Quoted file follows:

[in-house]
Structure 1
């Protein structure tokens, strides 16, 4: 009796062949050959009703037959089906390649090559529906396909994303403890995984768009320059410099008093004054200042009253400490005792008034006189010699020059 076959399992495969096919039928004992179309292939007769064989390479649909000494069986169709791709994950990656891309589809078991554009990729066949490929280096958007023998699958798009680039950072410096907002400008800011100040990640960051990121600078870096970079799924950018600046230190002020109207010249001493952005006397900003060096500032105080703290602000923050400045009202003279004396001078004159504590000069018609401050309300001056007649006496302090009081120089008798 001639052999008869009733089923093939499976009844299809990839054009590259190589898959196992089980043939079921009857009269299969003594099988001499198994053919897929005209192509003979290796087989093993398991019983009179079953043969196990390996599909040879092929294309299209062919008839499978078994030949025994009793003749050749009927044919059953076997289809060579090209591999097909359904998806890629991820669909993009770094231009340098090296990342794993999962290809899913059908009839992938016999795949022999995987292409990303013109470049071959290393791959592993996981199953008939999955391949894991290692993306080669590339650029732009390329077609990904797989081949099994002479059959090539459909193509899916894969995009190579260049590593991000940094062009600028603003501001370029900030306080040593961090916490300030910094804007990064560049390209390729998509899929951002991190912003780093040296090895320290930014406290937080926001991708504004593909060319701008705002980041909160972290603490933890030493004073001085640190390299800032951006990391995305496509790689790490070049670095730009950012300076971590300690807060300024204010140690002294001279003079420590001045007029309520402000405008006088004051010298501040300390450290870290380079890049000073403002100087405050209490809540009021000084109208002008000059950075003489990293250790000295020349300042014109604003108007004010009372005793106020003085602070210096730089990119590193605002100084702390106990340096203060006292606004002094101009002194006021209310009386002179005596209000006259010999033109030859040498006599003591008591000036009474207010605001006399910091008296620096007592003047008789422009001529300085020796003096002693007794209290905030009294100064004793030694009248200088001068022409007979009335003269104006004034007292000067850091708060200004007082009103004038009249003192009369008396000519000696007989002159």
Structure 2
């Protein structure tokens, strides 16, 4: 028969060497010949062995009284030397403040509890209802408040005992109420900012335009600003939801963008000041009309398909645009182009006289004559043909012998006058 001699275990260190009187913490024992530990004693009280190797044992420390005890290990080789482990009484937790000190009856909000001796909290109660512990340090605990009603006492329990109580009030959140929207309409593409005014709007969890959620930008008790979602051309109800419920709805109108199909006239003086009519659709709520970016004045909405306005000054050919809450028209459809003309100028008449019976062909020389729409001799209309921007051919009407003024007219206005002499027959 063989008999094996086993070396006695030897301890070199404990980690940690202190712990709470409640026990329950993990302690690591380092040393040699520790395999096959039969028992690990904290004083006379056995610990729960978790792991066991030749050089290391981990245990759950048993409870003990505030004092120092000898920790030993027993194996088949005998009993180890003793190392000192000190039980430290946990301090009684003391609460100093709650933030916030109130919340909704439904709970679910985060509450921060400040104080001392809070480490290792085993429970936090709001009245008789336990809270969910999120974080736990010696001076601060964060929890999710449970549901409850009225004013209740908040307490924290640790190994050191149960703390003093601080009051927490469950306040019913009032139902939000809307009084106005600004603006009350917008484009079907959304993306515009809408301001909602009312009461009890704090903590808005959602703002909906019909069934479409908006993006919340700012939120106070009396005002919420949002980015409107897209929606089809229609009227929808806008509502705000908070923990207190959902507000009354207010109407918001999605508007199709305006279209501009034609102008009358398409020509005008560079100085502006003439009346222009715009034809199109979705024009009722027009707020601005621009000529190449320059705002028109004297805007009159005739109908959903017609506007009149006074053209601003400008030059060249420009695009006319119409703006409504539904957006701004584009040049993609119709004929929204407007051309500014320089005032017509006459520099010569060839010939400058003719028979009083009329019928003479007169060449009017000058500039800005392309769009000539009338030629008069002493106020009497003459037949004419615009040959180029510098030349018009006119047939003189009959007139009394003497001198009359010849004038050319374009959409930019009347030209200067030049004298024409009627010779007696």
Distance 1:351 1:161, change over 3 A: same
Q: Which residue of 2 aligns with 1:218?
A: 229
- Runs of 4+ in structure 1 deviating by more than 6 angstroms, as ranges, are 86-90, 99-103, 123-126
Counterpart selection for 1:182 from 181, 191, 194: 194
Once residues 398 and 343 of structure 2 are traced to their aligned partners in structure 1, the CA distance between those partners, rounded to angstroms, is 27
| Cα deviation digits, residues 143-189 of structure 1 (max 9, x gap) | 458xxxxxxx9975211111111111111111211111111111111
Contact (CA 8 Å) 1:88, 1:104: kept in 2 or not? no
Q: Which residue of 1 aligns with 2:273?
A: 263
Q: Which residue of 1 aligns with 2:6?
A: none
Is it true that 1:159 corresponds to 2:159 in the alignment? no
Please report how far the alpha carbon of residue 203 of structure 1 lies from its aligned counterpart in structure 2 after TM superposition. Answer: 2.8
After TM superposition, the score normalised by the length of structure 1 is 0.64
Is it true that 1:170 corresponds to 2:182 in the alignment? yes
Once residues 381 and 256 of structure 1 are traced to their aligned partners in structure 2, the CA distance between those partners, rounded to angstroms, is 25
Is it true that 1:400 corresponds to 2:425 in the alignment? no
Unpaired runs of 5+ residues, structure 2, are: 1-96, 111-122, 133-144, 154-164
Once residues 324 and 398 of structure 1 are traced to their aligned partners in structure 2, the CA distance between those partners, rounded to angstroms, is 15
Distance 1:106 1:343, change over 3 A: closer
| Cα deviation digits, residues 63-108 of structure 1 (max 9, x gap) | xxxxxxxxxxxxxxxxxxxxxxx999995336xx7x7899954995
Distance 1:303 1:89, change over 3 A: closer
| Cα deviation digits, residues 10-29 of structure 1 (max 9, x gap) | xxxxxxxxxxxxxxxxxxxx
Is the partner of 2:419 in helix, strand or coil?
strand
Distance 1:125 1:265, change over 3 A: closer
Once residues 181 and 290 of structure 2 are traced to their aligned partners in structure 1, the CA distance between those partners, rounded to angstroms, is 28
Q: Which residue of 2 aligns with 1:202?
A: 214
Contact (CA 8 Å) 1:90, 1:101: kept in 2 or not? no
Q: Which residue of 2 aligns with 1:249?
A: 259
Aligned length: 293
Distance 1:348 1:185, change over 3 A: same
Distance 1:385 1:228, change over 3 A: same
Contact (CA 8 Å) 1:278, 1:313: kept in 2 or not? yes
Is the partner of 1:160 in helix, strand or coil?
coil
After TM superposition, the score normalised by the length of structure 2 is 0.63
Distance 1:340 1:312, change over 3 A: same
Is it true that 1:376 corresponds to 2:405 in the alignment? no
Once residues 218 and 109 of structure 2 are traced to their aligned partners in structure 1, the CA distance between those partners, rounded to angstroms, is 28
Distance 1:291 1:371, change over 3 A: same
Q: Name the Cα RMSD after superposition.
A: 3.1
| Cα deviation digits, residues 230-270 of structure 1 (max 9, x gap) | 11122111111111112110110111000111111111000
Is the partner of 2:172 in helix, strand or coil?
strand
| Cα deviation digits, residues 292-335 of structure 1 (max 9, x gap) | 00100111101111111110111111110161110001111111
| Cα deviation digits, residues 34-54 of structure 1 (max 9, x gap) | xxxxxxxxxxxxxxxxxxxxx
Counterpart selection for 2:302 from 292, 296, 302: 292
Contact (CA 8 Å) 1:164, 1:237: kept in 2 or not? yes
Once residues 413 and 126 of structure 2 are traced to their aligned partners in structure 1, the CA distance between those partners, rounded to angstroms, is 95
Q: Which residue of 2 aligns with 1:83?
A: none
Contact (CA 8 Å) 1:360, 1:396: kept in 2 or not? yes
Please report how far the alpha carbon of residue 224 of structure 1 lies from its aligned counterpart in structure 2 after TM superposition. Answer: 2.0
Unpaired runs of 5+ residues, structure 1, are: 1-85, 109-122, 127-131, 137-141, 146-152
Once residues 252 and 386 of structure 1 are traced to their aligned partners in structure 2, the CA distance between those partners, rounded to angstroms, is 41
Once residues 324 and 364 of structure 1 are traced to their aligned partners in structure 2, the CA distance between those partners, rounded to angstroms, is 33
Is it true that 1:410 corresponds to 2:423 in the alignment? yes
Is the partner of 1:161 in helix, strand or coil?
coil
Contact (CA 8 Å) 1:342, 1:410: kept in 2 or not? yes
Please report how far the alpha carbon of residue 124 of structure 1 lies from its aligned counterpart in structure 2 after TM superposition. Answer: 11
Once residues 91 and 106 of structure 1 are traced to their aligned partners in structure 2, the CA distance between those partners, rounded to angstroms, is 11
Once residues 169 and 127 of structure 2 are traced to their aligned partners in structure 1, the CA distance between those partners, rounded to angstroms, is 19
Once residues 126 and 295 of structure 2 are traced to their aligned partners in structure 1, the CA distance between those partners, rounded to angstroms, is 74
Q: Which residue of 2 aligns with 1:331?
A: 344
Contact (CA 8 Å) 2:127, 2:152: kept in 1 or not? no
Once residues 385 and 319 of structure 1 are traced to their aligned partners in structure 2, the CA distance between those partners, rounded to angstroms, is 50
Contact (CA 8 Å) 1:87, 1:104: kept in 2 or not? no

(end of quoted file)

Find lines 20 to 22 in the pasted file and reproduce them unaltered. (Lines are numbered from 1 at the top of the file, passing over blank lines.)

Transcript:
After TM superposition, the score normalised by the length of structure 1 is 0.64
Is it true that 1:170 corresponds to 2:182 in the alignment? yes
Once residues 381 and 256 of structure 1 are traced to their aligned partners in structure 2, the CA distance between those partners, rounded to angstroms, is 25